Almost three-quarters of schools are ignoring the intent of controversial A-level reforms by planning to hold AS-level exams this summer, research by Ucas suggests.
A survey of more than 300 schools by the university admissions service finds that 74 per cent are entering students for AS-levels in reformed subjects, where the AS will have been “decoupled” from the A-level for the first time since 2000. This is despite reforms, which aim to reduce testing and free up teaching time by allowing students to take a single set of A-levels that would cover two years of in-depth study.
Schools told Ucas they were continuing to use the AS exam because it was a “useful measure of progress” and because it would ensure students had a qualification in a subject even if they dropped it after a year.
Among respondents, 59 per cent were planning to offer the AS exam in all reformed subjects and 15 per cent were planning to do so in some reformed subjects. The total of 74 per cent is up from the 66 per cent who predicted that they would continue to use AS-levels in reformed subjects in a Ucas survey last year.
The new poll finds that almost a third of private schools have dropped AS-levels, compared with 15 per cent of academies and 19 per cent of maintained schools.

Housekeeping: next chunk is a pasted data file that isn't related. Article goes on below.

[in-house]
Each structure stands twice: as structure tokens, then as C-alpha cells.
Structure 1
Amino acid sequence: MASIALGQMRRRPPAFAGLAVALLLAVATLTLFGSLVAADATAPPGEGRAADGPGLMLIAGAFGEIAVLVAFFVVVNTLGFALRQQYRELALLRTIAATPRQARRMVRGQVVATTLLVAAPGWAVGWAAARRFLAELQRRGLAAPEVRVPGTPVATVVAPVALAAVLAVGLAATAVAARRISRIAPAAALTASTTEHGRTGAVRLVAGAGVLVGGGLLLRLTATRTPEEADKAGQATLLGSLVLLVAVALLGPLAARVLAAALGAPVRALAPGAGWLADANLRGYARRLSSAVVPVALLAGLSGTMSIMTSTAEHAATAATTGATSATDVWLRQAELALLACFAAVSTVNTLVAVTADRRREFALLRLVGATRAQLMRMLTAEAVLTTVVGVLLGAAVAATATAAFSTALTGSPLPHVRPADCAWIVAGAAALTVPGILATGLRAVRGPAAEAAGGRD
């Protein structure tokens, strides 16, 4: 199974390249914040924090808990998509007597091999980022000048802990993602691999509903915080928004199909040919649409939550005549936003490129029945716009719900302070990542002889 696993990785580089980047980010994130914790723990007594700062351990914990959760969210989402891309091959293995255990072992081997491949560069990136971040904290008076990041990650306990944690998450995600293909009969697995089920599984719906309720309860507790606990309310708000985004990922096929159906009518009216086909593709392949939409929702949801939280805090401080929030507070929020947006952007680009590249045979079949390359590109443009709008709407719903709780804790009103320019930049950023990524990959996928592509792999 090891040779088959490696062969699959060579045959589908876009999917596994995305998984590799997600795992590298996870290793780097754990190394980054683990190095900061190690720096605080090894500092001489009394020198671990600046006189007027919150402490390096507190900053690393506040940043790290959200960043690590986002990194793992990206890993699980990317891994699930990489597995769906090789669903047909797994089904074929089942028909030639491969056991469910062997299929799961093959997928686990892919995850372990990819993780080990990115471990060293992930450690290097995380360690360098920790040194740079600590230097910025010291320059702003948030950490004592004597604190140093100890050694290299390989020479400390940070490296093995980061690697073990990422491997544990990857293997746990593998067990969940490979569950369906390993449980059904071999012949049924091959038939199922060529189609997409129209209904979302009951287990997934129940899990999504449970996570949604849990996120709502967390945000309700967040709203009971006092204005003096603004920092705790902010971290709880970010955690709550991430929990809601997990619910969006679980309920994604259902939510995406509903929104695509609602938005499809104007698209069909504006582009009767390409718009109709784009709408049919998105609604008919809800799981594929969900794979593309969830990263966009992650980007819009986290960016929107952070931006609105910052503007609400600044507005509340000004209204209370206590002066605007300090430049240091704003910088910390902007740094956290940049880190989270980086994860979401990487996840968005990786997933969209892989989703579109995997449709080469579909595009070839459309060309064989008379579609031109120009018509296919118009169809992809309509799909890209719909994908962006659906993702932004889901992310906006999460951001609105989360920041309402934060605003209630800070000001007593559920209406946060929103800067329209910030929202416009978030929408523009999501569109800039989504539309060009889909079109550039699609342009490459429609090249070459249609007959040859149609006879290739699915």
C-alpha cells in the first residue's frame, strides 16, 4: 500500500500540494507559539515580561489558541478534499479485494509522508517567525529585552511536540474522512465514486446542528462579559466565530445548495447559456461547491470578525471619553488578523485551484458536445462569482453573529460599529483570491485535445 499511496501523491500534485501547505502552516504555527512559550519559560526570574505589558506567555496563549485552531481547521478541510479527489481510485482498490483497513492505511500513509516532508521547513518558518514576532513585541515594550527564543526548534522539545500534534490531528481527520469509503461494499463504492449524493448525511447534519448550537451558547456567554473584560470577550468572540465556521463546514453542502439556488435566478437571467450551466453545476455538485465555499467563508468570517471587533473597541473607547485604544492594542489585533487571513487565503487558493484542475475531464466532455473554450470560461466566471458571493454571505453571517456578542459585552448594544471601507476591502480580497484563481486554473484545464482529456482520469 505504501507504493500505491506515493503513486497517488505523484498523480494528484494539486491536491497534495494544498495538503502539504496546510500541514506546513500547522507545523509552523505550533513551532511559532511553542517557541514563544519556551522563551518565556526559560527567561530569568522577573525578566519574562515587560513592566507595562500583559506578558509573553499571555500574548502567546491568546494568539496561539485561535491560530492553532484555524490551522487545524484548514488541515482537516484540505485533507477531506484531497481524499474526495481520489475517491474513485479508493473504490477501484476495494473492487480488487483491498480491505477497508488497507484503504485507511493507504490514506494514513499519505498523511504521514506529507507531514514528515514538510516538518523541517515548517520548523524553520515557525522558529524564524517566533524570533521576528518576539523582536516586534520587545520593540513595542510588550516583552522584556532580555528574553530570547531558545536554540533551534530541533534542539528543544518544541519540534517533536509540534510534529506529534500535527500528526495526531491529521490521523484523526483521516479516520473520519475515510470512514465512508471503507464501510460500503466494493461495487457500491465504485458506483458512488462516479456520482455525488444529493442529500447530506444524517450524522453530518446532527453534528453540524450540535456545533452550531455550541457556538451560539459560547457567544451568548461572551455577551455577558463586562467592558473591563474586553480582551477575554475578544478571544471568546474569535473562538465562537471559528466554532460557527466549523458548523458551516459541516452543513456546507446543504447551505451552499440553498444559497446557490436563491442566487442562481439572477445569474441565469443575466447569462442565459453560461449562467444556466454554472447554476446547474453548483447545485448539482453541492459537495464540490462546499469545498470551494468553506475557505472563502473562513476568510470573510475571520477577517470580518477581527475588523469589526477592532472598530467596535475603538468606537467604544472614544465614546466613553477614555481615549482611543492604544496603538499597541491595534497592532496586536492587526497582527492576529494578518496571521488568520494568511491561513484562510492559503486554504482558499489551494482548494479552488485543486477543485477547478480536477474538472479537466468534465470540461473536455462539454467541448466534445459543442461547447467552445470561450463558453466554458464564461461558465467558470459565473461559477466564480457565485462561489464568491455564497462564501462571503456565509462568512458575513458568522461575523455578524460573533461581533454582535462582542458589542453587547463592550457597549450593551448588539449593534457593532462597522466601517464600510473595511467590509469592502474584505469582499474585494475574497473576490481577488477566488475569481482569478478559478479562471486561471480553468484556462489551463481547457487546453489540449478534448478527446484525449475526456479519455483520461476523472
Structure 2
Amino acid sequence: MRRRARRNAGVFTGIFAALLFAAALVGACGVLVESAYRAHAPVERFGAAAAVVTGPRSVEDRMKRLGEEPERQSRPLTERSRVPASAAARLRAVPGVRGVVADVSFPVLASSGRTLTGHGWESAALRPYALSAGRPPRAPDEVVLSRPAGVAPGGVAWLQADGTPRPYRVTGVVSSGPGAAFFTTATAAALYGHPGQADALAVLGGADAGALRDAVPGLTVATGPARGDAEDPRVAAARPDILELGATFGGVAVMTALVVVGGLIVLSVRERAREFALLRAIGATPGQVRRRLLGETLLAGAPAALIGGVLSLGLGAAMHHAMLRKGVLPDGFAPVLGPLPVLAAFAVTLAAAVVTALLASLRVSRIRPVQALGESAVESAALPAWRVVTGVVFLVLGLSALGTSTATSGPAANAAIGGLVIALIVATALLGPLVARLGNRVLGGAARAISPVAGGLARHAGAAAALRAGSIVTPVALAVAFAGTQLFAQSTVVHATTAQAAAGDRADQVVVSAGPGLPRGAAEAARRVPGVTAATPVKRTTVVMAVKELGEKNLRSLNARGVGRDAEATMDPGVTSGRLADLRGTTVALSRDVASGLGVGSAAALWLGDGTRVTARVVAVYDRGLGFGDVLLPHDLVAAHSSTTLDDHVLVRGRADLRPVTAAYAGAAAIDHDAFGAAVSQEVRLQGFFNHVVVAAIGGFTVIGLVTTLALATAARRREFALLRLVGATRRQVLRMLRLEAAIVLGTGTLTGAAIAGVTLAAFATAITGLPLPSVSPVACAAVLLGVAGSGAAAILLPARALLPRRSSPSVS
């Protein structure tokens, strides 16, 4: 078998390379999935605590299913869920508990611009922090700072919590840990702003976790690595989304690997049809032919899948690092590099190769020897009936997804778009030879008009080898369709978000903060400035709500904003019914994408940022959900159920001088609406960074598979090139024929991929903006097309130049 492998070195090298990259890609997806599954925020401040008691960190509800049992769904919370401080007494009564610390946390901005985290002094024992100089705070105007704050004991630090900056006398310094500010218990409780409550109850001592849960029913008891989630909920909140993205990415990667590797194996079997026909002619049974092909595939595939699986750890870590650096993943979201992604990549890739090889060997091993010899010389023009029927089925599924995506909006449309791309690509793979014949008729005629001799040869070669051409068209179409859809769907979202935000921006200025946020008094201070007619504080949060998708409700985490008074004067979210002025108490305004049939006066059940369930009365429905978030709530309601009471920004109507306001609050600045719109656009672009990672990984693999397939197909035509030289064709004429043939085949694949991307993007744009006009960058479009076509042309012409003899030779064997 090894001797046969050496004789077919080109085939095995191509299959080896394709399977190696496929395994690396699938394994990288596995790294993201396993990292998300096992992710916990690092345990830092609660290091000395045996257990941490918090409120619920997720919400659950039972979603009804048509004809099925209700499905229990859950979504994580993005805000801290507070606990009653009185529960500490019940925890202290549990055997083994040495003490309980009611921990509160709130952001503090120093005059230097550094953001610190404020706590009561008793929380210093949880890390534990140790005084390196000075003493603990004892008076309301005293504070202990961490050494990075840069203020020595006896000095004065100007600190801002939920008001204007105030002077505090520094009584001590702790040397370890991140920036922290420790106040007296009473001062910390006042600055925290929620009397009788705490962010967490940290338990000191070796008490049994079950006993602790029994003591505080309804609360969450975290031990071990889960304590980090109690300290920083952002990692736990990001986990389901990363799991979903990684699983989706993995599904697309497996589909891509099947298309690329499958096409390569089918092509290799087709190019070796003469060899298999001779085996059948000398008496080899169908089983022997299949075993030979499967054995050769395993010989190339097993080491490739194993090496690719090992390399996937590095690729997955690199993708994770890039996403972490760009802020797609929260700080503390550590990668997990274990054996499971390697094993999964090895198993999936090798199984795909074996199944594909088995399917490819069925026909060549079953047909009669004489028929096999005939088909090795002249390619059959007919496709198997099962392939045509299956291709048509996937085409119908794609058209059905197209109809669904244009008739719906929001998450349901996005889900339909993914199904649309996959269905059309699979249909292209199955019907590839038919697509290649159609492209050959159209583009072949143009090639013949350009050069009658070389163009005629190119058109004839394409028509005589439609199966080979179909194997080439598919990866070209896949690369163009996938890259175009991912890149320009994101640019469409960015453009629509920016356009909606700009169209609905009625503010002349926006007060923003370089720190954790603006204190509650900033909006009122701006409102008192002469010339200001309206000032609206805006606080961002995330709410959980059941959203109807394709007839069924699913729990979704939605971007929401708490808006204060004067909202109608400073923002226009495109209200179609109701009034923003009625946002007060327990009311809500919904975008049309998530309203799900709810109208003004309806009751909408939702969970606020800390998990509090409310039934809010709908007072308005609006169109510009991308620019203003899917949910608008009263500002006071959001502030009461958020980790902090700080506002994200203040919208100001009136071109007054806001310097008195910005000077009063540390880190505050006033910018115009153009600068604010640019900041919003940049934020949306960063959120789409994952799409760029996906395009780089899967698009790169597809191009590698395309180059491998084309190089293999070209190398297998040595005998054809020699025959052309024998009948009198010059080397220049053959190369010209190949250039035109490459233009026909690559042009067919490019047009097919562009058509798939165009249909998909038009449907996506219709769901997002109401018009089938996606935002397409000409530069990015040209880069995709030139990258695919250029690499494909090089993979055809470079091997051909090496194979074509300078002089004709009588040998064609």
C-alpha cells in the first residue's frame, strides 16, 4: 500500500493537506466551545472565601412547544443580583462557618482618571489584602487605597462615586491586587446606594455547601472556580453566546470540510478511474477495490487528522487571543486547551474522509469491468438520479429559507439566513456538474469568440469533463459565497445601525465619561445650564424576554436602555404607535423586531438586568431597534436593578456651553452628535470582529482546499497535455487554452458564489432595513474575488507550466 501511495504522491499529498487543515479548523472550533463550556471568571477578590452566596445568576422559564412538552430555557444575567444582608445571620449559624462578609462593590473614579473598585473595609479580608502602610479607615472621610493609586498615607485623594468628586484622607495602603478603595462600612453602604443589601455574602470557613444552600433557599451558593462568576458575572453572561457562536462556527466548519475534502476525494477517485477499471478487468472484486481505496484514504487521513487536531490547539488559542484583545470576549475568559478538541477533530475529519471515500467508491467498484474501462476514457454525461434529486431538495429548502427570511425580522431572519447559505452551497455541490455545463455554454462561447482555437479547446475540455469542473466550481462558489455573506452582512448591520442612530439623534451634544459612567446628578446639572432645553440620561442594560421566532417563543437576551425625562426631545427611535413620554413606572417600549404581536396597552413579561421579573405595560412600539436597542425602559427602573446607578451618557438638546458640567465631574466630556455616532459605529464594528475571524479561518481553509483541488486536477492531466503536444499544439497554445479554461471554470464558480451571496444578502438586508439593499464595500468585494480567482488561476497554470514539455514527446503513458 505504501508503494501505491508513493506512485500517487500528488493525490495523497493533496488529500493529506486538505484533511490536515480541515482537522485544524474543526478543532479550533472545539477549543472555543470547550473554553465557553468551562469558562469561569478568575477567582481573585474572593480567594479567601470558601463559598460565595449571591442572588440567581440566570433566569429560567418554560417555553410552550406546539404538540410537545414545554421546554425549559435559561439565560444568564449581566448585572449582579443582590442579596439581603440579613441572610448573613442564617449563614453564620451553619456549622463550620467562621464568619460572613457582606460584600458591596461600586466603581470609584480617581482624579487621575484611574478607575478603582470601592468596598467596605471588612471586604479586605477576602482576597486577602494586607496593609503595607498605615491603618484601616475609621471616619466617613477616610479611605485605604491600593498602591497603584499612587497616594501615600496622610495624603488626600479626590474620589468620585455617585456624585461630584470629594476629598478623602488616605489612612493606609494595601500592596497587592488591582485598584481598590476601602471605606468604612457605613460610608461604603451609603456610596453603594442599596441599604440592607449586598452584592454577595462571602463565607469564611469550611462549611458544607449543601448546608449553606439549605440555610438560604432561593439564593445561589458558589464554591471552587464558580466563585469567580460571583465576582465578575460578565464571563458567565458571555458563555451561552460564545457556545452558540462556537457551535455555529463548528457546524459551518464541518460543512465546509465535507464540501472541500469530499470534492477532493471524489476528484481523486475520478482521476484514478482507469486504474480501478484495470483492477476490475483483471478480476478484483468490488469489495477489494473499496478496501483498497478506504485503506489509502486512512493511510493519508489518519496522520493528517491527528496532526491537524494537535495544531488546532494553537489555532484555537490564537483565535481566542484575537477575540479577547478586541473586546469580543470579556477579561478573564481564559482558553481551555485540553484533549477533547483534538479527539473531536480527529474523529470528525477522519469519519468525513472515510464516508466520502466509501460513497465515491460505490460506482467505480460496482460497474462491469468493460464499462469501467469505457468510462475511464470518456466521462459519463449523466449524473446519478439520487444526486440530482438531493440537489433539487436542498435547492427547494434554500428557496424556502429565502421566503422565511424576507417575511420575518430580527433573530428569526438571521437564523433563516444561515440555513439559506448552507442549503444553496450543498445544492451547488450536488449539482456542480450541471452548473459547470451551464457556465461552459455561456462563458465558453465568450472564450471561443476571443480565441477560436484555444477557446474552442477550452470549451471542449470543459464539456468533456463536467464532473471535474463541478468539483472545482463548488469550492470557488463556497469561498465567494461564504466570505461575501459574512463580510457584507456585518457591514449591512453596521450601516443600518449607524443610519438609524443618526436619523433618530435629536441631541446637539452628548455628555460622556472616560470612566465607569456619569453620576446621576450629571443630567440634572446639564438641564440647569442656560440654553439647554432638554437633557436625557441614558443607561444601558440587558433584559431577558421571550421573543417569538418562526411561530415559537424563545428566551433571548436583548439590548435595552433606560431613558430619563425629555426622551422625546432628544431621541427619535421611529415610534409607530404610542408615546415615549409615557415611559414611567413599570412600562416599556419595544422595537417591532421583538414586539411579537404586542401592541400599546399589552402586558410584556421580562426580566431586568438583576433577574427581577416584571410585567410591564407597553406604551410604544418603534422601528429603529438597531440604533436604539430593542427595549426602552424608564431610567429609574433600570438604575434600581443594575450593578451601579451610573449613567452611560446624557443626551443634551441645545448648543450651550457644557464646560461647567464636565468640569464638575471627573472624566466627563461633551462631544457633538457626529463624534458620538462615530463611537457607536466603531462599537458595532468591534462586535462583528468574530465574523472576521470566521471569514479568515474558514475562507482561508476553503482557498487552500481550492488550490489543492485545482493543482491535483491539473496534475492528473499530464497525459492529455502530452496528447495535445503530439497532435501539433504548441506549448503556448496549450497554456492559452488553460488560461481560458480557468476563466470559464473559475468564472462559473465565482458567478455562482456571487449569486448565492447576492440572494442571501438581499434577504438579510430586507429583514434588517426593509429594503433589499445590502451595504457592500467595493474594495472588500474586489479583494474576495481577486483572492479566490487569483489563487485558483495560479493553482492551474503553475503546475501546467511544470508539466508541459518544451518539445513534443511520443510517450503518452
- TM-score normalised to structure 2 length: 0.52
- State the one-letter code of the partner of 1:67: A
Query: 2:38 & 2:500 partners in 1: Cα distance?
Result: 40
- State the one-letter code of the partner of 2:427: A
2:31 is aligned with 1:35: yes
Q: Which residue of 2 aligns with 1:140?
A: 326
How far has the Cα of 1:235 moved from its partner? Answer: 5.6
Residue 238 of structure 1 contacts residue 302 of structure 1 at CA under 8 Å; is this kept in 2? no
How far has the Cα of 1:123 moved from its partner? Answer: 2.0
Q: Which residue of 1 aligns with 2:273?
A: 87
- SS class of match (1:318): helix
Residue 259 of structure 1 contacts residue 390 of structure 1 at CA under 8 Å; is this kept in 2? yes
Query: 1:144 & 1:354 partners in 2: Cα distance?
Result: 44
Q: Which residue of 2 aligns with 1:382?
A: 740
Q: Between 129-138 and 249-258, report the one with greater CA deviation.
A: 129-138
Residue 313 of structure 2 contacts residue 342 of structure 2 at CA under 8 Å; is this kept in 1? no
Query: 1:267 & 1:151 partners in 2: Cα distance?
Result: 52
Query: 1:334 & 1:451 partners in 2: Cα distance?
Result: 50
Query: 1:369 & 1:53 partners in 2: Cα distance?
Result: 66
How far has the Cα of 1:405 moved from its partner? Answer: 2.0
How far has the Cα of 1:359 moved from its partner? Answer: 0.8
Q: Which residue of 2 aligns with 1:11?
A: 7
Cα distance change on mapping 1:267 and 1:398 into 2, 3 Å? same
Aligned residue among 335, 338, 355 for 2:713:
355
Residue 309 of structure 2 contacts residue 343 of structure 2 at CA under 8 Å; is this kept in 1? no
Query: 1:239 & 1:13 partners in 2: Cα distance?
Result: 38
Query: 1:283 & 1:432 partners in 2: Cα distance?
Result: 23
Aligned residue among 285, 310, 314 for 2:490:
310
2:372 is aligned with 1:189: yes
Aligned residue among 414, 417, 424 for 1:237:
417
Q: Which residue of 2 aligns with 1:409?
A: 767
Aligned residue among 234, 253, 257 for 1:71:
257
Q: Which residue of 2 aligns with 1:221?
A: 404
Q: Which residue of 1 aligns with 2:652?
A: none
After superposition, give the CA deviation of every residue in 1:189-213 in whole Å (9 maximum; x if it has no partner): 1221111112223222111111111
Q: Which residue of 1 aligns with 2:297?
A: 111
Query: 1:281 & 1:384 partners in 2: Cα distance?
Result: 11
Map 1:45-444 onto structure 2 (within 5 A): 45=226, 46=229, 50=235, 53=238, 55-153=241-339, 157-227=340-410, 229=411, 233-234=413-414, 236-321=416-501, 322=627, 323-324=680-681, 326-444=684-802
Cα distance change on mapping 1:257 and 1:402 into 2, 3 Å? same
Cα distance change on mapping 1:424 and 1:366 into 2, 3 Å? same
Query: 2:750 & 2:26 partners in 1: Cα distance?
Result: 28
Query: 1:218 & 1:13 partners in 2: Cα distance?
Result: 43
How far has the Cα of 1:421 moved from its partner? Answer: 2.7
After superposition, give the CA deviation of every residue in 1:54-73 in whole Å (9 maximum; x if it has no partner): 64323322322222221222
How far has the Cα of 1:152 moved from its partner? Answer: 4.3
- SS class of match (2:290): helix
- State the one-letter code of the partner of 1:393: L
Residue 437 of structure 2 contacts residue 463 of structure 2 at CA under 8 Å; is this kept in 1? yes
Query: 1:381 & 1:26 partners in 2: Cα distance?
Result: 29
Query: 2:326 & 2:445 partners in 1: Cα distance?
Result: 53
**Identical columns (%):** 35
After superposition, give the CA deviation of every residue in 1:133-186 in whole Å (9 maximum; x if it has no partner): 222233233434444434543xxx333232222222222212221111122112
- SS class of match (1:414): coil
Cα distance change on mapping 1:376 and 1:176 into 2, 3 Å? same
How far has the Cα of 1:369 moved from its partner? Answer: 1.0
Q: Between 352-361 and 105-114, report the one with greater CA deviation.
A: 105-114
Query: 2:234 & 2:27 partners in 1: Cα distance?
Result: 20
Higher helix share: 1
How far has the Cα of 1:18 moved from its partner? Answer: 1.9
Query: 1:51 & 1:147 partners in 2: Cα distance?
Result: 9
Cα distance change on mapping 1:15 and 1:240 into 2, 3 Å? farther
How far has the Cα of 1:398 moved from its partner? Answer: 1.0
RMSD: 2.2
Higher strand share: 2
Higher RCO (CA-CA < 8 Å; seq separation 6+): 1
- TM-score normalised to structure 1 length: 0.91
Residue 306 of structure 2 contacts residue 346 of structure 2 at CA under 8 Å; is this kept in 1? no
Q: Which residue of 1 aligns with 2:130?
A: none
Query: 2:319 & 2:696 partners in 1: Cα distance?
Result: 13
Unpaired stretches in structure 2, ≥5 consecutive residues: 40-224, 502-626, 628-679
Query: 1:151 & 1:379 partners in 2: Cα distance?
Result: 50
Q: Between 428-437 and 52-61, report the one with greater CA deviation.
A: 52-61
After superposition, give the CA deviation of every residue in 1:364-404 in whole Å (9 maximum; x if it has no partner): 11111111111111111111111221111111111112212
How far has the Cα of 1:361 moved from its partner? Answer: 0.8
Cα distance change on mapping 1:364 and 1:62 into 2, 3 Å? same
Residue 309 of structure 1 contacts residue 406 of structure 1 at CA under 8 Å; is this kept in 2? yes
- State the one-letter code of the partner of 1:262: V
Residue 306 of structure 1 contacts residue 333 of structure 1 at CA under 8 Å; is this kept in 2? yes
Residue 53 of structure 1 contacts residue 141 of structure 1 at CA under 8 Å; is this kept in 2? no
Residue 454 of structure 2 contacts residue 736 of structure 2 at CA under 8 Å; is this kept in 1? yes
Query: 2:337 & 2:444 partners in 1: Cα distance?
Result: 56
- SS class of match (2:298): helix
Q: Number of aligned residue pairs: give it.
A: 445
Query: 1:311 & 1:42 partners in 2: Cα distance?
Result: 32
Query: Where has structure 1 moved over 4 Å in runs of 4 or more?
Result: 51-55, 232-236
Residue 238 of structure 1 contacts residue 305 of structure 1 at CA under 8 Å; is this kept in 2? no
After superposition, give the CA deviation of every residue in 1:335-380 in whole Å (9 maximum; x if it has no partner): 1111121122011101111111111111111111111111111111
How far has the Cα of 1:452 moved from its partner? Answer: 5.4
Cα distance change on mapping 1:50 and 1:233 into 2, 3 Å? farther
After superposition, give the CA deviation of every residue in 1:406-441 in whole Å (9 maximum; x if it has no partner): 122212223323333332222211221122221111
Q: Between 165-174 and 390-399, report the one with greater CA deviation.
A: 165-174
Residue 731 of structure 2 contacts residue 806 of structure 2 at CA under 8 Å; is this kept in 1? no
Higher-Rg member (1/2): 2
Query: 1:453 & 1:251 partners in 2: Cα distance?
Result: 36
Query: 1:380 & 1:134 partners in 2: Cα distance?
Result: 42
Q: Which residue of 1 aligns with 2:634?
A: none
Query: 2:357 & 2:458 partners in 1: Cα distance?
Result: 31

The report reveals that although increasing teaching time was “one of the rationales behind A-level reform”, just 11 per cent of respondents said that this had occurred. It also indicates that the number of schools offering AS-levels could fall after 2017, 64 per cent said that they would “revisit their decision” once reforms had been rolled out to all subjects.
Ucas chief executive Mary Curnock Cook said: “A clearer picture is emerging with many schools and colleges planning to retain the diversity of the curriculum…All this means that students will be applying to higher education holding a greater [range] of qualifications.”
Malcolm Trobe, deputy general secretary of the Association of School and College Leaders, said: “Schools will be aware of the risk to youngsters that if something goes wrong with their A-level, and they haven’t done the AS, they may have no results to show.”
A Department for Education spokesperson said: “We have returned to A-level exams at the end of a two-year course to address the problems caused by resits and modules. This will allow students to spend more time developing deep subject understanding.”